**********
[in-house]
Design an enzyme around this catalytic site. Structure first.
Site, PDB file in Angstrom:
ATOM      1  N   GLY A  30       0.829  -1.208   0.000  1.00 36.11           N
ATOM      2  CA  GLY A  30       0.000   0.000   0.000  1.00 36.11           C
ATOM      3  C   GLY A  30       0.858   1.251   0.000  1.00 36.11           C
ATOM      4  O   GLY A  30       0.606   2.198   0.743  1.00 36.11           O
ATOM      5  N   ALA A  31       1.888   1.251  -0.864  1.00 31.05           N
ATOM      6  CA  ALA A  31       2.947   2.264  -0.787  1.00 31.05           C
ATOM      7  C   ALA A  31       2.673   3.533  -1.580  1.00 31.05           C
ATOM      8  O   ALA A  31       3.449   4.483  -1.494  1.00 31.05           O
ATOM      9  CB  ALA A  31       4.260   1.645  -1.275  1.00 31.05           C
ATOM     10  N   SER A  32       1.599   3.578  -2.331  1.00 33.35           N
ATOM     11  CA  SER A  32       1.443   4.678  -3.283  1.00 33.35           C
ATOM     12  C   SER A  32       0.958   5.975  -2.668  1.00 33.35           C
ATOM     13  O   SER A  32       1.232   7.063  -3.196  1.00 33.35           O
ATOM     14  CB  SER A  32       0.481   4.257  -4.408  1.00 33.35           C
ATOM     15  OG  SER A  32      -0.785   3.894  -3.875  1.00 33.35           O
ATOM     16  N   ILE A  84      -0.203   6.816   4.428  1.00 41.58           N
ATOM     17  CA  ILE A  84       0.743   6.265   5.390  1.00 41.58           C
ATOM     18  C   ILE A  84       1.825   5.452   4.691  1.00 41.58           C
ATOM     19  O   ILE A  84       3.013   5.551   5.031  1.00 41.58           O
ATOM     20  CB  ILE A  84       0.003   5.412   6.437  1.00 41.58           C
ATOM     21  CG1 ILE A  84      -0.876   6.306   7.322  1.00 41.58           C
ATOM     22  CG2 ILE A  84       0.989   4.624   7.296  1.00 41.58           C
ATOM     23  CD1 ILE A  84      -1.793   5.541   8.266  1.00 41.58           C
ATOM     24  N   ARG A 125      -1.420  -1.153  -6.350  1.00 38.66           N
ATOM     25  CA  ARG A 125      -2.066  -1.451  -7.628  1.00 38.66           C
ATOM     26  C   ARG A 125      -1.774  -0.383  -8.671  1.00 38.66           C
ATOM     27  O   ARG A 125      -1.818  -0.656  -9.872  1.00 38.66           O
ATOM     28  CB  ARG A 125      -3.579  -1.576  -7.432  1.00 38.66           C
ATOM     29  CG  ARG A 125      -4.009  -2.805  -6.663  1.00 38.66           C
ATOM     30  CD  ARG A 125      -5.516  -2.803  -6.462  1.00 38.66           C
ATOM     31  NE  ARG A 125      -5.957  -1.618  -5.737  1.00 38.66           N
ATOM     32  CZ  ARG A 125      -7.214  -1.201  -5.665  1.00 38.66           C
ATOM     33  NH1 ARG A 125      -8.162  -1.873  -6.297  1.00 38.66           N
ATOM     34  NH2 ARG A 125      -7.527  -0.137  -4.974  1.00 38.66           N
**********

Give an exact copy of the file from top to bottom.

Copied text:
[in-house]
Design an enzyme around this catalytic site. Structure first.
Site, PDB file in Angstrom:
ATOM      1  N   GLY A  30       0.829  -1.208   0.000  1.00 36.11           N
ATOM      2  CA  GLY A  30       0.000   0.000   0.000  1.00 36.11           C
ATOM      3  C   GLY A  30       0.858   1.251   0.000  1.00 36.11           C
ATOM      4  O   GLY A  30       0.606   2.198   0.743  1.00 36.11           O
ATOM      5  N   ALA A  31       1.888   1.251  -0.864  1.00 31.05           N
ATOM      6  CA  ALA A  31       2.947   2.264  -0.787  1.00 31.05           C
ATOM      7  C   ALA A  31       2.673   3.533  -1.580  1.00 31.05           C
ATOM      8  O   ALA A  31       3.449   4.483  -1.494  1.00 31.05           O
ATOM      9  CB  ALA A  31       4.260   1.645  -1.275  1.00 31.05           C
ATOM     10  N   SER A  32       1.599   3.578  -2.331  1.00 33.35           N
ATOM     11  CA  SER A  32       1.443   4.678  -3.283  1.00 33.35           C
ATOM     12  C   SER A  32       0.958   5.975  -2.668  1.00 33.35           C
ATOM     13  O   SER A  32       1.232   7.063  -3.196  1.00 33.35           O
ATOM     14  CB  SER A  32       0.481   4.257  -4.408  1.00 33.35           C
ATOM     15  OG  SER A  32      -0.785   3.894  -3.875  1.00 33.35           O
ATOM     16  N   ILE A  84      -0.203   6.816   4.428  1.00 41.58           N
ATOM     17  CA  ILE A  84       0.743   6.265   5.390  1.00 41.58           C
ATOM     18  C   ILE A  84       1.825   5.452   4.691  1.00 41.58           C
ATOM     19  O   ILE A  84       3.013   5.551   5.031  1.00 41.58           O
ATOM     20  CB  ILE A  84       0.003   5.412   6.437  1.00 41.58           C
ATOM     21  CG1 ILE A  84      -0.876   6.306   7.322  1.00 41.58           C
ATOM     22  CG2 ILE A  84       0.989   4.624   7.296  1.00 41.58           C
ATOM     23  CD1 ILE A  84      -1.793   5.541   8.266  1.00 41.58           C
ATOM     24  N   ARG A 125      -1.420  -1.153  -6.350  1.00 38.66           N
ATOM     25  CA  ARG A 125      -2.066  -1.451  -7.628  1.00 38.66           C
ATOM     26  C   ARG A 125      -1.774  -0.383  -8.671  1.00 38.66           C
ATOM     27  O   ARG A 125      -1.818  -0.656  -9.872  1.00 38.66           O
ATOM     28  CB  ARG A 125      -3.579  -1.576  -7.432  1.00 38.66           C
ATOM     29  CG  ARG A 125      -4.009  -2.805  -6.663  1.00 38.66           C
ATOM     30  CD  ARG A 125      -5.516  -2.803  -6.462  1.00 38.66           C
ATOM     31  NE  ARG A 125      -5.957  -1.618  -5.737  1.00 38.66           N
ATOM     32  CZ  ARG A 125      -7.214  -1.201  -5.665  1.00 38.66           C
ATOM     33  NH1 ARG A 125      -8.162  -1.873  -6.297  1.00 38.66           N
ATOM     34  NH2 ARG A 125      -7.527  -0.137  -4.974  1.00 38.66           N